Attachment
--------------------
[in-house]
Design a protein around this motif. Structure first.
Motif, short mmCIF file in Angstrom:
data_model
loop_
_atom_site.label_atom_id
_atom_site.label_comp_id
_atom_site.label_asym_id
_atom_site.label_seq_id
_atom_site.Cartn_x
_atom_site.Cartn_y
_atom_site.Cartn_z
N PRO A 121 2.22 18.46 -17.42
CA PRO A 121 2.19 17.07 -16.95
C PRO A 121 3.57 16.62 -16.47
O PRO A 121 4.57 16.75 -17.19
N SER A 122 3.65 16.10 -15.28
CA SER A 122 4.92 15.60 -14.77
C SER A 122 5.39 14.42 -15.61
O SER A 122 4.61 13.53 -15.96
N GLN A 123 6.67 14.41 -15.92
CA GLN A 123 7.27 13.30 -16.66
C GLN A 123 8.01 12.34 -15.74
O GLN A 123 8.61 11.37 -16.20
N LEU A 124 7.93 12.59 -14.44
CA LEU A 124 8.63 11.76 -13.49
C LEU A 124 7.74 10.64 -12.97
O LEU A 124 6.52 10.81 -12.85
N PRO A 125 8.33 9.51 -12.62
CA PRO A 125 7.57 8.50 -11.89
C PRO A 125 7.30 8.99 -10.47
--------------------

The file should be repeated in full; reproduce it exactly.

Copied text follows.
[in-house]
Design a protein around this motif. Structure first.
Motif, short mmCIF file in Angstrom:
data_model
loop_
_atom_site.label_atom_id
_atom_site.label_comp_id
_atom_site.label_asym_id
_atom_site.label_seq_id
_atom_site.Cartn_x
_atom_site.Cartn_y
_atom_site.Cartn_z
N PRO A 121 2.22 18.46 -17.42
CA PRO A 121 2.19 17.07 -16.95
C PRO A 121 3.57 16.62 -16.47
O PRO A 121 4.57 16.75 -17.19
N SER A 122 3.65 16.10 -15.28
CA SER A 122 4.92 15.60 -14.77
C SER A 122 5.39 14.42 -15.61
O SER A 122 4.61 13.53 -15.96
N GLN A 123 6.67 14.41 -15.92
CA GLN A 123 7.27 13.30 -16.66
C GLN A 123 8.01 12.34 -15.74
O GLN A 123 8.61 11.37 -16.20
N LEU A 124 7.93 12.59 -14.44
CA LEU A 124 8.63 11.76 -13.49
C LEU A 124 7.74 10.64 -12.97
O LEU A 124 6.52 10.81 -12.85
N PRO A 125 8.33 9.51 -12.62
CA PRO A 125 7.57 8.50 -11.89
C PRO A 125 7.30 8.99 -10.47